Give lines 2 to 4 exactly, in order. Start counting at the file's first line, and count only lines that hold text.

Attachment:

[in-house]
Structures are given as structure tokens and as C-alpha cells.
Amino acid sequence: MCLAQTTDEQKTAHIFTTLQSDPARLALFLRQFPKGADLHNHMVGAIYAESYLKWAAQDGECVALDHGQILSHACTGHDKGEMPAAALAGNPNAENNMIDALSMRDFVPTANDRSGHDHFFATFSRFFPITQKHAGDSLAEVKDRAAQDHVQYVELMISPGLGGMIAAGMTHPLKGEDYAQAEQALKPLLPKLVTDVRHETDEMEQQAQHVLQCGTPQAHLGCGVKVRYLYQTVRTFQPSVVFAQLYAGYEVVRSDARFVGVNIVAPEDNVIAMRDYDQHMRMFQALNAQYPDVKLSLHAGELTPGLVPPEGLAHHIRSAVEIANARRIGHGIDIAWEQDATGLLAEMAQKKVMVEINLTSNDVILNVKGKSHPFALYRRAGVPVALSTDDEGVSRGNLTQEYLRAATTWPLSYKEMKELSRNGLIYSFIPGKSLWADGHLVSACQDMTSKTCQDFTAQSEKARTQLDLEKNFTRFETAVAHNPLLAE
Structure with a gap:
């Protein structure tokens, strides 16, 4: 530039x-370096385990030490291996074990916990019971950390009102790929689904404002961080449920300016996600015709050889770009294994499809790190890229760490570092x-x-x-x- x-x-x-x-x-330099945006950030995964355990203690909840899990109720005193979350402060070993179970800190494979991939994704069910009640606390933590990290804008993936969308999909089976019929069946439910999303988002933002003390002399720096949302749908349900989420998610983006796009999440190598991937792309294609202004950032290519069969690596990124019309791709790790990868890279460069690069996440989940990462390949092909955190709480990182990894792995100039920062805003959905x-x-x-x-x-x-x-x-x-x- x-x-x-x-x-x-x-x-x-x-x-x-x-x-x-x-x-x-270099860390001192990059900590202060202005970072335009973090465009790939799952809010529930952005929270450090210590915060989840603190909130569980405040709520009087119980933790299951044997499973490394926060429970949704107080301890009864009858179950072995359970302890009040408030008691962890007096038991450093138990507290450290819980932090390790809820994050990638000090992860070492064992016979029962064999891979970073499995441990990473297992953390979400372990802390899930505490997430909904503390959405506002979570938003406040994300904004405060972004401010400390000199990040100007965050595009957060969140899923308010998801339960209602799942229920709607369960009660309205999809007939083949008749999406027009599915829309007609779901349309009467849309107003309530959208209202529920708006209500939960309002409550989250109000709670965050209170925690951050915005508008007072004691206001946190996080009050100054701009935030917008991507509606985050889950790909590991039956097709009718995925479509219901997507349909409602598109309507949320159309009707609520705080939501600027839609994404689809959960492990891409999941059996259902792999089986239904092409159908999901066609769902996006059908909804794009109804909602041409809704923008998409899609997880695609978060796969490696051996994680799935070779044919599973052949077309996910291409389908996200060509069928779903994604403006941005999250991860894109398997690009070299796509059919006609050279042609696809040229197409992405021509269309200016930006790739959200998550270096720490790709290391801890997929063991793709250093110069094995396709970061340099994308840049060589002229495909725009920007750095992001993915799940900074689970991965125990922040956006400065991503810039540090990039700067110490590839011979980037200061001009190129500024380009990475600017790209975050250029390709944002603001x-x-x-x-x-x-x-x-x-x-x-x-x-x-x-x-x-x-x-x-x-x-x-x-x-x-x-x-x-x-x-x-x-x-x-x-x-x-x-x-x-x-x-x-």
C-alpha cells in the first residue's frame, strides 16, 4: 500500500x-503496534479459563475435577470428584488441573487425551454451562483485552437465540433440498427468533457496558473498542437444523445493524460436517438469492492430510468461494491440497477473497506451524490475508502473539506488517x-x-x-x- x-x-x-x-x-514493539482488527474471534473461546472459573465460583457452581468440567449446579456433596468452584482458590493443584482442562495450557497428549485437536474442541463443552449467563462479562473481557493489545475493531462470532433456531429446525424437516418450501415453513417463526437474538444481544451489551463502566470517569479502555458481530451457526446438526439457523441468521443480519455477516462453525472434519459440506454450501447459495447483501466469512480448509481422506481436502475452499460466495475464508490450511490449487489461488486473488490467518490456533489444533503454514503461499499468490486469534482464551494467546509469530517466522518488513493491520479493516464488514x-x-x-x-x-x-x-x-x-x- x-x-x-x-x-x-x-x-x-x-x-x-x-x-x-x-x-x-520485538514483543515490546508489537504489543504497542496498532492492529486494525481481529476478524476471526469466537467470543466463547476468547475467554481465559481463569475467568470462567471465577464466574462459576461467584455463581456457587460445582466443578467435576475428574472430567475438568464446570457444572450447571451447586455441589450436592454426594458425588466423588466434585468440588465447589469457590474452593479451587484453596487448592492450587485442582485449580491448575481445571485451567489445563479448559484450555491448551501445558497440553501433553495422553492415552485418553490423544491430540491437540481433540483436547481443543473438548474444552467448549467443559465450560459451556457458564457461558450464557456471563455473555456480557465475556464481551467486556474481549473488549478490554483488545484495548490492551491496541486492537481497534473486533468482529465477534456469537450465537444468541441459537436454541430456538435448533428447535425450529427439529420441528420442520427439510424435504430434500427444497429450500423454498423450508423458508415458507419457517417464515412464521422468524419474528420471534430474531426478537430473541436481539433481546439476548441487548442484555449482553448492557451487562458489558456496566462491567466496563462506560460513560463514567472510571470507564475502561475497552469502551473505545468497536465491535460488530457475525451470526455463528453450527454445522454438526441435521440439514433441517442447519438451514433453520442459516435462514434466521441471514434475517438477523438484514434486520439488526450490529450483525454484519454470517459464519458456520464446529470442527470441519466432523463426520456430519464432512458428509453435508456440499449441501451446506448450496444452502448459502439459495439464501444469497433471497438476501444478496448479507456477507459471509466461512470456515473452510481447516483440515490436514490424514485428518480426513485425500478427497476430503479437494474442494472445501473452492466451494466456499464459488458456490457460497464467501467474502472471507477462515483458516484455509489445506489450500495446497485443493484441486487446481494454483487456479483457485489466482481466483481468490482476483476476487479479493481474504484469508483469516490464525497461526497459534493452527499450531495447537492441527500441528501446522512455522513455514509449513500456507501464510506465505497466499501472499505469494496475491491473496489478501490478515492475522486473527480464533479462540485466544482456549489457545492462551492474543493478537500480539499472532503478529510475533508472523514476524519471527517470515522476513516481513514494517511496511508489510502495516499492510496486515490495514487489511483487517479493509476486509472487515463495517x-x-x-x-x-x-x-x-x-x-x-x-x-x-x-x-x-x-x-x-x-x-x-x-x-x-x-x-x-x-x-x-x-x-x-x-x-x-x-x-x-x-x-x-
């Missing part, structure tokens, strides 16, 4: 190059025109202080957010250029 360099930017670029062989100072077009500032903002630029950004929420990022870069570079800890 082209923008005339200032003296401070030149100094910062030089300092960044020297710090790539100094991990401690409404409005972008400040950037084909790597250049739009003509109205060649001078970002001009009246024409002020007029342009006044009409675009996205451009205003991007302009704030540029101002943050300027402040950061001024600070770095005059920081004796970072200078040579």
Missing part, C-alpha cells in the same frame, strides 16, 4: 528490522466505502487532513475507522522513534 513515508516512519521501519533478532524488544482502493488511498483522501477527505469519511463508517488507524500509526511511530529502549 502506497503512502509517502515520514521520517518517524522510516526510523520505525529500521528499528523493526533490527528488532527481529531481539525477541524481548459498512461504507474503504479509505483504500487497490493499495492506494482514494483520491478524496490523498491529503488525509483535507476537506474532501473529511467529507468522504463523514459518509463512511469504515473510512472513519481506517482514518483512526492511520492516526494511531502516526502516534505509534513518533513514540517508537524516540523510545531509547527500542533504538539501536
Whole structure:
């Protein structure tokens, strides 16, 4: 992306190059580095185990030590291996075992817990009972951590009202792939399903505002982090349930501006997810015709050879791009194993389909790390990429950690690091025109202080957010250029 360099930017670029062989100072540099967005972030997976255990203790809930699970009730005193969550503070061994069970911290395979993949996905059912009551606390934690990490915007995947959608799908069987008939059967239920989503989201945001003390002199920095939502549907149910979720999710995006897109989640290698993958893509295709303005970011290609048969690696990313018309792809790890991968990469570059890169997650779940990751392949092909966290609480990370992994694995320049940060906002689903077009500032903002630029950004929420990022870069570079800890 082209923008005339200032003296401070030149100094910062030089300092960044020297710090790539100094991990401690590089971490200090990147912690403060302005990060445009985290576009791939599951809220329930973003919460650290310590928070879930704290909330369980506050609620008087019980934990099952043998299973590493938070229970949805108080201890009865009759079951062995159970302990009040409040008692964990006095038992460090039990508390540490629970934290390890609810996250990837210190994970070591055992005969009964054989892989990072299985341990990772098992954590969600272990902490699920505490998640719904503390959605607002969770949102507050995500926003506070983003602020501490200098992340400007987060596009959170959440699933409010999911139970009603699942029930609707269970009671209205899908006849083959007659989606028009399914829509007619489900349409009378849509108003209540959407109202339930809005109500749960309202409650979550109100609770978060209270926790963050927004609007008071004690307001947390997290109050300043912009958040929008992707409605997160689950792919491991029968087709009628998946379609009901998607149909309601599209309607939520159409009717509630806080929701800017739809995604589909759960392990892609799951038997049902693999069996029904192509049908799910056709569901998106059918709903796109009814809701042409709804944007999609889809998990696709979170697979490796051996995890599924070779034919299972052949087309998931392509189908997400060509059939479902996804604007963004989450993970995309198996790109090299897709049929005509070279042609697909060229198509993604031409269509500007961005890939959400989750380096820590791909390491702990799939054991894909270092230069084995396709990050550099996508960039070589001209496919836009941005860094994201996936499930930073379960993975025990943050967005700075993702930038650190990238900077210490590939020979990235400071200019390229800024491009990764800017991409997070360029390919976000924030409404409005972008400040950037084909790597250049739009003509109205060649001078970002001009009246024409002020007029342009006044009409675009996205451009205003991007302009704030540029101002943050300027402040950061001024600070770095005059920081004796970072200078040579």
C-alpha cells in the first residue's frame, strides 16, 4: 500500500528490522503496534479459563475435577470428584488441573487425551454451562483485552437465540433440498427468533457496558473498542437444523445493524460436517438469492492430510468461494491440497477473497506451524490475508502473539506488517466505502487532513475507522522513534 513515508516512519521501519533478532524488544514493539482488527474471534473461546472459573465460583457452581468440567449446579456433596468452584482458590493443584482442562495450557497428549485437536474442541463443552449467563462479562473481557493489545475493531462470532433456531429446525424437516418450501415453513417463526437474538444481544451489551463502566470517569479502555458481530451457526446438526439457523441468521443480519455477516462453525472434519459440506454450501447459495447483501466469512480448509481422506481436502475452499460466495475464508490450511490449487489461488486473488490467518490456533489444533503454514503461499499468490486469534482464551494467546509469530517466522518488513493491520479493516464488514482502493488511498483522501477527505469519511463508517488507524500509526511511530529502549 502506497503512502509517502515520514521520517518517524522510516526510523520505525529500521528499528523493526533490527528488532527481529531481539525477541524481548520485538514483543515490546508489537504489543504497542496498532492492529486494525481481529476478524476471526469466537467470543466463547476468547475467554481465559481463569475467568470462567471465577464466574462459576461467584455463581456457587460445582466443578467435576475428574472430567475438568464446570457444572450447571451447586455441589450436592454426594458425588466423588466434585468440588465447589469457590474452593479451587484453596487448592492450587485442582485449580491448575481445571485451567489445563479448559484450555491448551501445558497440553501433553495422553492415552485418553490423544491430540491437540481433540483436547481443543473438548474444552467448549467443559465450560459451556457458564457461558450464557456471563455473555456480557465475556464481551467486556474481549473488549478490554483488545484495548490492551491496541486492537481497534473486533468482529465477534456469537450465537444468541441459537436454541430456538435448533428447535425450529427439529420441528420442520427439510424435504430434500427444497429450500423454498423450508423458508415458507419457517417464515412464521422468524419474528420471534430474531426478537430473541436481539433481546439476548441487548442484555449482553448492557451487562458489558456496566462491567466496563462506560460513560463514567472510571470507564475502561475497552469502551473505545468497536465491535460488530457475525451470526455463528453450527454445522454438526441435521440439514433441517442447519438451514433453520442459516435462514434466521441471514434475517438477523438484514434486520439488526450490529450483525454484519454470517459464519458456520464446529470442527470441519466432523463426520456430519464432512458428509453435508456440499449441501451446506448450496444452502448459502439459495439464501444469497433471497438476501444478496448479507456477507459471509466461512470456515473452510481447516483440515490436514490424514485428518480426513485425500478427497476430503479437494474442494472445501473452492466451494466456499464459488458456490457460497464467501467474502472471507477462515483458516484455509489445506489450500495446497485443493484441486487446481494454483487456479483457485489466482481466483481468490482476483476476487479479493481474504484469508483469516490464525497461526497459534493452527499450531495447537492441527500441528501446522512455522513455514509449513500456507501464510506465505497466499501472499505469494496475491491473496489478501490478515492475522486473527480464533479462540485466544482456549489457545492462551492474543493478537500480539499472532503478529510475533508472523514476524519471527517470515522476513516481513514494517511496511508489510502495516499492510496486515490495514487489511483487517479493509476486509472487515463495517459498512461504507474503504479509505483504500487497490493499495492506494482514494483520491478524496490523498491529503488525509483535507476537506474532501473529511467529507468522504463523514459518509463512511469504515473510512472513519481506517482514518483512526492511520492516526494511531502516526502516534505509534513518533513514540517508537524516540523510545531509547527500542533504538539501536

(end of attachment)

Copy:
Structures are given as structure tokens and as C-alpha cells.
Amino acid sequence: MCLAQTTDEQKTAHIFTTLQSDPARLALFLRQFPKGADLHNHMVGAIYAESYLKWAAQDGECVALDHGQILSHACTGHDKGEMPAAALAGNPNAENNMIDALSMRDFVPTANDRSGHDHFFATFSRFFPITQKHAGDSLAEVKDRAAQDHVQYVELMISPGLGGMIAAGMTHPLKGEDYAQAEQALKPLLPKLVTDVRHETDEMEQQAQHVLQCGTPQAHLGCGVKVRYLYQTVRTFQPSVVFAQLYAGYEVVRSDARFVGVNIVAPEDNVIAMRDYDQHMRMFQALNAQYPDVKLSLHAGELTPGLVPPEGLAHHIRSAVEIANARRIGHGIDIAWEQDATGLLAEMAQKKVMVEINLTSNDVILNVKGKSHPFALYRRAGVPVALSTDDEGVSRGNLTQEYLRAATTWPLSYKEMKELSRNGLIYSFIPGKSLWADGHLVSACQDMTSKTCQDFTAQSEKARTQLDLEKNFTRFETAVAHNPLLAE
Structure with a gap: